CREDIT: Fox News
The chairman of the House Committee on Homeland Security erroneously claimed on Wednesday that allowing Iran uranium enrichment as part of any final deal over its nuclear program would violate Untied Nations Security Council resolutions.
The Geneva deal reached last month allows Iran to continue enriching uranium, but capping its low enriched uranium, eliminating its medium enriched stockpile and allowing more intrusive inspections. In return, Iran receives modest sanctions relief from the U.S. and its international partners.
While Obama administration officials have said that it’s likely Iran would retain enrichment capabilities in any final deal, Secretary of State John Kerry told lawmakers on Tuesday during a House hearing that he is unsure about that outcome.
House Homeland Security Committee chair Rep. Michael McCaul (R-TX) said on Fox News that he thinks it’s “very dangerous” to lift the more punishing oil and banking sanctions on Iran in the final deal and still allow the country to enrich uranium. “It’s empowering other partners in the Middle East to possibly do the same, it could start a nuclear arms race, it violates six U.N. Security Council resolutions,” he said.
The U.N. has indeed passed six Security Council resolutions on Iran but they do not say that Iran must cease enriching uranium indefinitely, only that it suspend enrichment while negotiations take place. And while Iran failed to abide by those resolutions, Arms Control Association Executive Director Daryl Kimball recently told ThinkProgress that the first step Geneva deal “effectively accomplishes the original goal of the U.N. Security Council resolutions by capping the total amount of 3.5% material [low enriched uranium] and it goes further by requiring Iran to neutralize its 20% stockpiles and to cease all enrichment to 20% levels while a comprehensive agreement that further limits Iran’s enrichment capacity below current levels is negotiated.”
The New York Times reported on Wednesday that lawmakers are now shifting “the terms of the debate from the interim accord … to the more comprehensive one that international negotiators now plan to pursue.” And in doing so, many like McCaul are pushing so-called “zero-enrichment” for Iran. House Foreign Affairs Committee chair Ed Royce (R-CA) pressed Kerry on this issue during Tuesday’s hearing, saying that Iran “simply can’t be trusted with enrichment technology, because verification efforts can never be foolproof.”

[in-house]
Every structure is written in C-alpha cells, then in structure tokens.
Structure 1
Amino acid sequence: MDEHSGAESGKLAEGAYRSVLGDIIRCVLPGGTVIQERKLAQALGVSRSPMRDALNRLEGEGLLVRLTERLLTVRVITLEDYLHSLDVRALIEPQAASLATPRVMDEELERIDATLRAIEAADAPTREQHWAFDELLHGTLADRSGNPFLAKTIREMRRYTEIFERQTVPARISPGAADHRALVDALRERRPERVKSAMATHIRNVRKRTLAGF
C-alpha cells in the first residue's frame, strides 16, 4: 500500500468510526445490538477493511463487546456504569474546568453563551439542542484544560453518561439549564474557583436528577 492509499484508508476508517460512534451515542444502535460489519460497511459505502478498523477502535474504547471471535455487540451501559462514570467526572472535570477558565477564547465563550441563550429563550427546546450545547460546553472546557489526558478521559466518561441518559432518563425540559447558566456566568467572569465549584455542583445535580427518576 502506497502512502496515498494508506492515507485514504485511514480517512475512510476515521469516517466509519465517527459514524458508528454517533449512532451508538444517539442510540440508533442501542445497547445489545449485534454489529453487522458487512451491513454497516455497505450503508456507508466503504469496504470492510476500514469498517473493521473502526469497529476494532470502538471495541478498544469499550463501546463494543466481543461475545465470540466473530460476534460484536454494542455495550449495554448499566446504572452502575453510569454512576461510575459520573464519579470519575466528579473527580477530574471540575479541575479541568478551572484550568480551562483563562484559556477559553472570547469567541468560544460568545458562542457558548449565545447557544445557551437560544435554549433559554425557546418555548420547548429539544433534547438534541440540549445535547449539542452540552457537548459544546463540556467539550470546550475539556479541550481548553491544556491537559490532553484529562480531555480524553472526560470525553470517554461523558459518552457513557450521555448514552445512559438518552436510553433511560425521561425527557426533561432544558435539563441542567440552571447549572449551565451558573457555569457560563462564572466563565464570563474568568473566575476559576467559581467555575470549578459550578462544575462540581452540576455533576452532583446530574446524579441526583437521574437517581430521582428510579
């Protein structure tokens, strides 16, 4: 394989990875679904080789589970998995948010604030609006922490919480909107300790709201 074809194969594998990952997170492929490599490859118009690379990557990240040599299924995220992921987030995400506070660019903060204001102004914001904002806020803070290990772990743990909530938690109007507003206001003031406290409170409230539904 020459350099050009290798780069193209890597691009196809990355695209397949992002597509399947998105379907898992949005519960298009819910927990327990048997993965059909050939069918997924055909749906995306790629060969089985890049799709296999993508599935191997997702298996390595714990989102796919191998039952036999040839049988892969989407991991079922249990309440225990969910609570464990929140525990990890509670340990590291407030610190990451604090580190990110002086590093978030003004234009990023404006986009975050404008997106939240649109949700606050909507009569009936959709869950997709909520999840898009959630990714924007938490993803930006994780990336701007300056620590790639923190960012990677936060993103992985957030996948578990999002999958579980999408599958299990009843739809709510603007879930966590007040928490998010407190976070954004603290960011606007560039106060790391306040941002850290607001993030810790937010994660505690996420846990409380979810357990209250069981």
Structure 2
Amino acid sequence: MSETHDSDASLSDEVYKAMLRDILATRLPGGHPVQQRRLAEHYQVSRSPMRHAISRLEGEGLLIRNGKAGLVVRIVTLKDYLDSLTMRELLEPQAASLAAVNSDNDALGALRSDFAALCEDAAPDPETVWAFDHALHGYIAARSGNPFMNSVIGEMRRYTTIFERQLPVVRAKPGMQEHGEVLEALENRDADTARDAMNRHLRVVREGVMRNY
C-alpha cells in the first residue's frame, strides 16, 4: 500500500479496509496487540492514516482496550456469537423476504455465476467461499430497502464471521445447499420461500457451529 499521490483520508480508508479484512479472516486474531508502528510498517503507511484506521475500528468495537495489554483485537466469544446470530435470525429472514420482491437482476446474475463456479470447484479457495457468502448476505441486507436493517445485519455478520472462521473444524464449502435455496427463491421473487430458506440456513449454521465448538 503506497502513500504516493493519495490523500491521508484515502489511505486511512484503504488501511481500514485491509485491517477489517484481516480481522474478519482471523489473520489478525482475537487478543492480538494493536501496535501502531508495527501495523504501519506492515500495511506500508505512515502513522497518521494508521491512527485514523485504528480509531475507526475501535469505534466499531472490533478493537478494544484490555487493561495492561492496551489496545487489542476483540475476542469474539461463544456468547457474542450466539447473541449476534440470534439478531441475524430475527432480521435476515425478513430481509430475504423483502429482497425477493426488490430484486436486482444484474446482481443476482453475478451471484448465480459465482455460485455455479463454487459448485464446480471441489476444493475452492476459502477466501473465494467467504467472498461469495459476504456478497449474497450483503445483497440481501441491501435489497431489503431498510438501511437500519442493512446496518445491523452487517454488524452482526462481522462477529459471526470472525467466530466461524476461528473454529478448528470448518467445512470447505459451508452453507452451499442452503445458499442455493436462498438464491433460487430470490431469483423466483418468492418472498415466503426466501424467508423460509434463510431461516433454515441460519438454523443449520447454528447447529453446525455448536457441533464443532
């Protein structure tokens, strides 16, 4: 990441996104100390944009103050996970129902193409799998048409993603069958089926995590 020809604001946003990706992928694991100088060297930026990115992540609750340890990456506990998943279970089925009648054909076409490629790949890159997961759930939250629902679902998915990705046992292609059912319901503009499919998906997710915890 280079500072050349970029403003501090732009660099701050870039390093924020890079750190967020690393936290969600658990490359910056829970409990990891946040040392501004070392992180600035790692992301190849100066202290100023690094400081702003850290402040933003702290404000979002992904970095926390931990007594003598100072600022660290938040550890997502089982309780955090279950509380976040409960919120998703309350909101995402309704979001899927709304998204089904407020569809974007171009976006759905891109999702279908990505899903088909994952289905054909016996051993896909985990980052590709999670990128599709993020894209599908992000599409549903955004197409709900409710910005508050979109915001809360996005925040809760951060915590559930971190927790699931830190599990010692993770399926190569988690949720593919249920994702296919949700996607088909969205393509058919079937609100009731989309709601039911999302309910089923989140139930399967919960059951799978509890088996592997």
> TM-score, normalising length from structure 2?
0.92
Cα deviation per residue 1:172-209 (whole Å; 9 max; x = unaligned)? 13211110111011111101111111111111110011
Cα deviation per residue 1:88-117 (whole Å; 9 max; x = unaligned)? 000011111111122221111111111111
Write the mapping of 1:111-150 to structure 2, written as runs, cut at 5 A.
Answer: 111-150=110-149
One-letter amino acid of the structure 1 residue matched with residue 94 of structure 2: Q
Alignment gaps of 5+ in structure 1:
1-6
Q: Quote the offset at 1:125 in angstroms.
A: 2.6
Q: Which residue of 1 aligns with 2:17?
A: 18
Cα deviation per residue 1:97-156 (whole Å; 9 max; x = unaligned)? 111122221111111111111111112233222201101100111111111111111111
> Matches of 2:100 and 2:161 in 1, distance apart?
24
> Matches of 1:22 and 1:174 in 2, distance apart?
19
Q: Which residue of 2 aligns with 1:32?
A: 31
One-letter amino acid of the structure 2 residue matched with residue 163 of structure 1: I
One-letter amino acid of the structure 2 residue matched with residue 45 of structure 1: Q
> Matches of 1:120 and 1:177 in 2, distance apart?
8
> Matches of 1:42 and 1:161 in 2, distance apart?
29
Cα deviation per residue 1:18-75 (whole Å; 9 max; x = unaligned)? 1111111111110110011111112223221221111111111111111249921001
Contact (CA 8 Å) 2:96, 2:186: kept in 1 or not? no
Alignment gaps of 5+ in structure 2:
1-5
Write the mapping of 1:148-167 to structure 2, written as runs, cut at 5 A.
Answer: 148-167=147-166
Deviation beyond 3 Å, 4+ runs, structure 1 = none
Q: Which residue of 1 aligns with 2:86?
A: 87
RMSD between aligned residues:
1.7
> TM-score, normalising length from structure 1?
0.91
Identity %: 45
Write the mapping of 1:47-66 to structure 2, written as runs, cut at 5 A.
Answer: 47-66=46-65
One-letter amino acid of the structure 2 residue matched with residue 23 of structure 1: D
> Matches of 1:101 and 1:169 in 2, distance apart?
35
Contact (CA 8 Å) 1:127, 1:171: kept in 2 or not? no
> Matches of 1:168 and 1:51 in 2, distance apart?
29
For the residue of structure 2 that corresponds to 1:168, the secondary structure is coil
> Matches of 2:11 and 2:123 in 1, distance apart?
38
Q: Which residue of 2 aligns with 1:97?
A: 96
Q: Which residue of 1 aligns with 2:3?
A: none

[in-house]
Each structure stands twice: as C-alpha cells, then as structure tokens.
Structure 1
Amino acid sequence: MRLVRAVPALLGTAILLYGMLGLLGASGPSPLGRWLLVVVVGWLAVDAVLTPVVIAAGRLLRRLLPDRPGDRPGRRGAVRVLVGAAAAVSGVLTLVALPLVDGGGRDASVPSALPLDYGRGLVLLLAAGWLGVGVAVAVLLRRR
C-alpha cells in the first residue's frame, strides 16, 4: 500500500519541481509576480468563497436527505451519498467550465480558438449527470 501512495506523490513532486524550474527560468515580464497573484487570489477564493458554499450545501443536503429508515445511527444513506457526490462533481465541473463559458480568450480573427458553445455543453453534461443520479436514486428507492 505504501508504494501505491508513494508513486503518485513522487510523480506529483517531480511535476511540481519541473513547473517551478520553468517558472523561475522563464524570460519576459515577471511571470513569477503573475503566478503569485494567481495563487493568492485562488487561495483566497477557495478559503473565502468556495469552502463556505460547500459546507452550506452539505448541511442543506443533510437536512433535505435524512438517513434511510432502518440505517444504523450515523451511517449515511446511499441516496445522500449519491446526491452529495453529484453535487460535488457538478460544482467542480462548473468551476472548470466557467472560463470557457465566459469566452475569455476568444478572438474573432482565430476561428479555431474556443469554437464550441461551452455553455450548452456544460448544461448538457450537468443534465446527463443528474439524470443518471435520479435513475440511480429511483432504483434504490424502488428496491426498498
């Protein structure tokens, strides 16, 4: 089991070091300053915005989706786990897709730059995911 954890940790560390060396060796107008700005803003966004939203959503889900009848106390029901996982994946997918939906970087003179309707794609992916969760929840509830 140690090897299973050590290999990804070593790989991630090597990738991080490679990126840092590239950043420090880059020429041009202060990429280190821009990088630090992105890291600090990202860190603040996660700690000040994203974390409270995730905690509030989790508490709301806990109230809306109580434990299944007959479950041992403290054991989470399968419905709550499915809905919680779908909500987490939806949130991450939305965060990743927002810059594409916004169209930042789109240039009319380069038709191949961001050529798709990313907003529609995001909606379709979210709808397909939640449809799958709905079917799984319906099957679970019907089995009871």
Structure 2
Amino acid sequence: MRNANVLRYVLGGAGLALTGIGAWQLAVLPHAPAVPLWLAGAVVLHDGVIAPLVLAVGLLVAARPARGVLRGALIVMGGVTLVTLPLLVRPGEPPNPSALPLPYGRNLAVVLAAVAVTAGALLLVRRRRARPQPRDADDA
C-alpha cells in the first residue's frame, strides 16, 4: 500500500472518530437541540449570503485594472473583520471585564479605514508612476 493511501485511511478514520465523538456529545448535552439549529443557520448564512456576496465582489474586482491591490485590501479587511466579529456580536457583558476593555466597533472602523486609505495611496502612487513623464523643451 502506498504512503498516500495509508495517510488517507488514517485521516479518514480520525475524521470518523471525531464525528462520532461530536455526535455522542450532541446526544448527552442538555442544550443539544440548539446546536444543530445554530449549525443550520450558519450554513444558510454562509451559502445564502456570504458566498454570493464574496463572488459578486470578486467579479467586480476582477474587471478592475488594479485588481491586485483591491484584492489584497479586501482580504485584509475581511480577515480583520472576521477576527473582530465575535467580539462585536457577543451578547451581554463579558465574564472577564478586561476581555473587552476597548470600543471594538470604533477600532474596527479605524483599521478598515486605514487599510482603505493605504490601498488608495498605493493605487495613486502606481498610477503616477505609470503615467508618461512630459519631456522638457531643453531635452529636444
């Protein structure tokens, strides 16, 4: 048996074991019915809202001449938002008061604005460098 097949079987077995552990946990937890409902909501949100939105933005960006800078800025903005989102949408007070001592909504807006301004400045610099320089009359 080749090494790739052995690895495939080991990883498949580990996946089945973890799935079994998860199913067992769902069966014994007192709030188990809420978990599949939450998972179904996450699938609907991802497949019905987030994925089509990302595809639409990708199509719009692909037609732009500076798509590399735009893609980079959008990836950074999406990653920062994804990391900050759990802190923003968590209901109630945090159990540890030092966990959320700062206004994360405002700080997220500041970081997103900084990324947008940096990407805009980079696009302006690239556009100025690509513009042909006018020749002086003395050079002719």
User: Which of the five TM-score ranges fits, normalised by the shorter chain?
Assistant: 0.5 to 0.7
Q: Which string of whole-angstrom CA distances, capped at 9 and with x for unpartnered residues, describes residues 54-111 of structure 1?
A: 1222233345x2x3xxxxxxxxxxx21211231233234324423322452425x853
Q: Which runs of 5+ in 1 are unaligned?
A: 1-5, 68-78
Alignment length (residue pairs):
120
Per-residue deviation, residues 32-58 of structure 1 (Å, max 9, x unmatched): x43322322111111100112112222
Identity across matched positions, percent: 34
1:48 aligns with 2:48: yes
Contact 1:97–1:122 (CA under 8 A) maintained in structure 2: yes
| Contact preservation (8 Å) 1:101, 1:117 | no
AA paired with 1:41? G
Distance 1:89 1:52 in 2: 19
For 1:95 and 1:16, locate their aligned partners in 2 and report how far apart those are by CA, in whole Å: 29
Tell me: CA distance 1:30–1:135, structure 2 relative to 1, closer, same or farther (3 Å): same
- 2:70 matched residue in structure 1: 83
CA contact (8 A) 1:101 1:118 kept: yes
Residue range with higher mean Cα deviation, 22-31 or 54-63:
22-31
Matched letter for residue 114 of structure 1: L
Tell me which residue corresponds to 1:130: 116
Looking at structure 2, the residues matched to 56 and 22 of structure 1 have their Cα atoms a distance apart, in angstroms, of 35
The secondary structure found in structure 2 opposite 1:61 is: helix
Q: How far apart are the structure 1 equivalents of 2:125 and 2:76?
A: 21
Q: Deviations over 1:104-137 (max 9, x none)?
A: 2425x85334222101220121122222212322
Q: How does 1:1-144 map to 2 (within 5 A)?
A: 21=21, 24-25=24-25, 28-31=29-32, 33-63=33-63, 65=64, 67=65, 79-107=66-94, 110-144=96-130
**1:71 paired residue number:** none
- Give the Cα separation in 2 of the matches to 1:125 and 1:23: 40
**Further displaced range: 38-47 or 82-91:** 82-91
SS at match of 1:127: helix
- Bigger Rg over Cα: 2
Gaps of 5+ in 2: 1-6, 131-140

President Obama highlighted a snag in Royce’s line of thinking during a discussion at Brookings on Saturday, noting that the U.S. will never really ever be able to block Iran’s access to, as Royce said, “enrichment technology.”
“The technology here is available to any good physics student at pretty much any university around the world. And [Iran has] already gone through the cycle to the point where the knowledge, we’re not going to be able to eliminate,” Obama said. “But what we can do is eliminate the incentive for them to want to do this.
“I think what we have said is we can envision a comprehensive agreement that involves extraordinary constraints and verification mechanisms and intrusive inspections,” Obama added, “but that permits Iran to have a peaceful nuclear program.”
Discussing the possibility of allowing Iran to enrich as part of a final deal, Deputy National Security Adviser Ben Rhodes said last month that such an outcome would not occur without strict inspections. “If and only if Iran can meet all of our concerns, give us assurance that their program is peaceful, accept significant constraints that meet the test of the United States and the international community, if and only if in that circumstance could we foresee that acceptance of that capability,” he said.